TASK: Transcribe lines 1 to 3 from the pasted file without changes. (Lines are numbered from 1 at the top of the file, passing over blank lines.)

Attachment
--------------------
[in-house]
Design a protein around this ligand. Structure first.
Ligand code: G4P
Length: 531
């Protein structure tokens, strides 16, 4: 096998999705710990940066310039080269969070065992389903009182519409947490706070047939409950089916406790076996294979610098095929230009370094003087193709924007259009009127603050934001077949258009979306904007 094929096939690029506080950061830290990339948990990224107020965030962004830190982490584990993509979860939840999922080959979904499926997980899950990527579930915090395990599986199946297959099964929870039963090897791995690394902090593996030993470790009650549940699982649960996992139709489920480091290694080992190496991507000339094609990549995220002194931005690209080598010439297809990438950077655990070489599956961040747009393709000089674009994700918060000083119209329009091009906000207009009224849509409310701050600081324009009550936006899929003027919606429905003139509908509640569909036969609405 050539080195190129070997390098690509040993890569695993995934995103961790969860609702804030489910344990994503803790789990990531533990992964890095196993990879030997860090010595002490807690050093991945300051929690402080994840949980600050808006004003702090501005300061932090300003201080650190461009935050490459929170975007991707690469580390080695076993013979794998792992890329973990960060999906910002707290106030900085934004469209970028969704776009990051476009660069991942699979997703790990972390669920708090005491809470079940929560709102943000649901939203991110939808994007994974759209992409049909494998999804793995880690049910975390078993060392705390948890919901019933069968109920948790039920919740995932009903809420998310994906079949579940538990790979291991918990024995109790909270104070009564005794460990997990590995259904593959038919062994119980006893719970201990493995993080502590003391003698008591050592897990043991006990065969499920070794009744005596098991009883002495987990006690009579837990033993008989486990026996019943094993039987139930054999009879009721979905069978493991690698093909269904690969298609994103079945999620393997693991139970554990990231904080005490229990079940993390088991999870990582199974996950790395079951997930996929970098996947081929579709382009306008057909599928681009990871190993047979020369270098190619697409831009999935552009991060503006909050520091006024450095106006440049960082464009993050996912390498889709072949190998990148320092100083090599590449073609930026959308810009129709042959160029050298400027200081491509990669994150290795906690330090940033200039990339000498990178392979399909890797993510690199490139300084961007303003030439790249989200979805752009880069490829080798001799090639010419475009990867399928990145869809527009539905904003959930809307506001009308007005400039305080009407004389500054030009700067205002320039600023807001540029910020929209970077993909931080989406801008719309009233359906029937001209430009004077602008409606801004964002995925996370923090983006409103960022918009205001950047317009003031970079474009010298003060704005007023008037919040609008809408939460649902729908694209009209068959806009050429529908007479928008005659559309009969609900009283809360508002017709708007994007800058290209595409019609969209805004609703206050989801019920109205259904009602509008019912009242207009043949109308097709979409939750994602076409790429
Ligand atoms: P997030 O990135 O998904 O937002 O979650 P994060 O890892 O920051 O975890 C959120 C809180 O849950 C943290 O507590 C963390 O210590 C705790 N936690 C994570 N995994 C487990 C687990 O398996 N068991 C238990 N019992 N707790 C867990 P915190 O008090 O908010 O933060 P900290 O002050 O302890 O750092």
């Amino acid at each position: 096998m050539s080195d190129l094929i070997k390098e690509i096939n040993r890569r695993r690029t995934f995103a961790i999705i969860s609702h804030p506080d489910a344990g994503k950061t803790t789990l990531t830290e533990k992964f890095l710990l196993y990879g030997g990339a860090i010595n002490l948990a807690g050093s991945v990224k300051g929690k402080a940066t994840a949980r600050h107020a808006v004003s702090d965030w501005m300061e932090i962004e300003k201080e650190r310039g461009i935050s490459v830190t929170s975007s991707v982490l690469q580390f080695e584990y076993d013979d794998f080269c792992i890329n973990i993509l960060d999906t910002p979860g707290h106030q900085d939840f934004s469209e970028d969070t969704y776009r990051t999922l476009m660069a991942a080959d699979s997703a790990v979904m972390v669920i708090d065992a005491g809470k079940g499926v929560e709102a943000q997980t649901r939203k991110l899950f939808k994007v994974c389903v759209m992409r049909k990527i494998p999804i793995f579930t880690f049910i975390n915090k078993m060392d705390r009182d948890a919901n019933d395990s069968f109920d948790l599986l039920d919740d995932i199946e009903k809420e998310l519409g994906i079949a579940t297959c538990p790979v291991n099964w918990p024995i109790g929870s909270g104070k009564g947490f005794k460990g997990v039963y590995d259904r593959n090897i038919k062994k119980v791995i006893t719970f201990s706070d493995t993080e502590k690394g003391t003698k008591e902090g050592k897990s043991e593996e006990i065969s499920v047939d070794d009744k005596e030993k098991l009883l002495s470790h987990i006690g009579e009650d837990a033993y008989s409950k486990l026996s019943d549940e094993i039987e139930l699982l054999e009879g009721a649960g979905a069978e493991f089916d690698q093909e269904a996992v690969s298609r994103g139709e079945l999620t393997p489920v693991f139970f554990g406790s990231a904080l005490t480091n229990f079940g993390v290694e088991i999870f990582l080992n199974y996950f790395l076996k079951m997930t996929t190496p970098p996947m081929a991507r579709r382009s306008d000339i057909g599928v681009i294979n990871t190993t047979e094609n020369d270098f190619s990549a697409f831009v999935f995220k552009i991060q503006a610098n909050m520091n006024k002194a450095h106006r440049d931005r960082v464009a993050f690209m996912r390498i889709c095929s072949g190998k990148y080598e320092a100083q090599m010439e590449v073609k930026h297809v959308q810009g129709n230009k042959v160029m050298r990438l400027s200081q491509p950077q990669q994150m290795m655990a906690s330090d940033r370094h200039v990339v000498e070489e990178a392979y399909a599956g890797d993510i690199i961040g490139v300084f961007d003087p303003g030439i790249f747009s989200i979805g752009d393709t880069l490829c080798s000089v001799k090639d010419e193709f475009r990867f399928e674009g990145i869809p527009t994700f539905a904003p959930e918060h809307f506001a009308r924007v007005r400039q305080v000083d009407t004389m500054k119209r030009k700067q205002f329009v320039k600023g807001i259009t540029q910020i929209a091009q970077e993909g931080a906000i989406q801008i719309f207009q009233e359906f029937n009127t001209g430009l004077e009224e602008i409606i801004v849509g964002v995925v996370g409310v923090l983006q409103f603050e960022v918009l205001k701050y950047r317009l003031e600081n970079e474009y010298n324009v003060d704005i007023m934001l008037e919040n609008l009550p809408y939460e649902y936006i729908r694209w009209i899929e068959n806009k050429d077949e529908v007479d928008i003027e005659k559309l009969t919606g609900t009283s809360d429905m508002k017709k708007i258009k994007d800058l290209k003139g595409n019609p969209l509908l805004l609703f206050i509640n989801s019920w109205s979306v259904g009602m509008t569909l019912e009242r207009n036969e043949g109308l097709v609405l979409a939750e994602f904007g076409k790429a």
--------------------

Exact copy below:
[in-house]
Design a protein around this ligand. Structure first.
Ligand code: G4P